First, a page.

All quarterly reports have puts-and-takes, and variations on themes – and, for banks, the theme has thus far been a return to growth in at least some Wall Street-related activities, along with evidence that the consumer remains strong.
Goldman Sachs’ own results for the fourth quarter, released Wednesday (Jan. 15), tell a similar tale, but they also shed light – through revamped reporting structures – on its continued shift, downstream, into consumer banking and credit.
The earnings of $4.69, weighed down by the 1MDB scandal (and, specifically, litigation costs that resulted in a $1.1 billion charge in the quarter), were short of analyst estimates of $5.56.
Consolidated revenues of $9.9 billion were up 23 percent year over year, beating the $8.6 billion anticipated by analysts. As seen with other banks that have reported thus far in a nascent earnings season, trading and asset management revenues were up significantly in the quarter. The company said asset management revenues were up 52 percent to $3 billion on a net revenue basis.
Targeting the Consumer
Consumer and wealth management net revenues – which is the segment that houses Marcus and the Apple Card launched in tandem with tech giant Apple – totaled $1.4 billion, up 8 percent year on year and up 7 percent sequentially.
And drilling down into segments, supplemental materials provided by the company show that consumer deposits across the Marcus platform stood at $60 billion at the end of the quarter, with deposits increasing $24 billion through the full year 2019.
Total assets under supervision by the firm tied to the consumer and wealth management division were $561 billion, up 23 percent from last year’s $455 billion and up from $530 billion in the third quarter.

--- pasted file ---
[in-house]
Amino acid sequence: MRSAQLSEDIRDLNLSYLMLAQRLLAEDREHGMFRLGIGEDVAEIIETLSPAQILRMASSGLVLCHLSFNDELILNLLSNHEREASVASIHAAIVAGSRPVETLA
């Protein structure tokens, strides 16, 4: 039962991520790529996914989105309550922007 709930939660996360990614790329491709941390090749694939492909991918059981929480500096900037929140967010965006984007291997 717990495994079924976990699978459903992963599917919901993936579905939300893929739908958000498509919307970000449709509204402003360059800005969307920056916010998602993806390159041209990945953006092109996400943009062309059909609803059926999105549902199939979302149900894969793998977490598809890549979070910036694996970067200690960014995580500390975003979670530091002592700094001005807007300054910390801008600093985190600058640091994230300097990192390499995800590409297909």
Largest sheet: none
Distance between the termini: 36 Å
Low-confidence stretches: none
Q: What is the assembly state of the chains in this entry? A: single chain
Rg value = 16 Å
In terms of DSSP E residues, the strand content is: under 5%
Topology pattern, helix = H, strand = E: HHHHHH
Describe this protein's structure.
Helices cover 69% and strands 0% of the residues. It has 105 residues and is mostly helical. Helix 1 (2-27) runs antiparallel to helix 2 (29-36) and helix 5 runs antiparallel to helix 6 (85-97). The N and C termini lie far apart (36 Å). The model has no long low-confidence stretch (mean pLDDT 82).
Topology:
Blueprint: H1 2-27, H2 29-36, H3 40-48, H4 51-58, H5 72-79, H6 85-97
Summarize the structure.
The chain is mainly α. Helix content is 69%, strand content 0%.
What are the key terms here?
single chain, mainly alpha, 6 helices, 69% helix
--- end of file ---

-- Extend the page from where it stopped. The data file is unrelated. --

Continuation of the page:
Credit card loans were $2 billion at the most recent quarter-end, up from $1 billion in the third quarter.
CFO Stephen Scherr said on the conference call with analysts that Goldman sold its holdings of Uber, the ride-hailing firm, during the quarter.
Drilling down a bit into individual deposit growth and international efforts, during the question and answer session, management noted that deposit growth was significant in the U.K. When asked about where the firm might set its sights next, CEO David Solomon said that “Germany, as a name, has come up several times.” He went on to state that Goldman will “want to see how things progress with Brexit,” and added that there are no immediate plans in terms of where the next jurisdiction might be as the firm expands its consumer banking efforts.
Asked about the relatively recent debut of the Marcus app (as of this week), management recounted that the Marcus digital bank first began three years ago with offerings tied to deposits and unsecured loans. As such, the utility of an app, back then, was not as high. Now, with the expansion of offerings within consumer finance (and with the recent credit card launch) the timing is opportune for an app, according to management.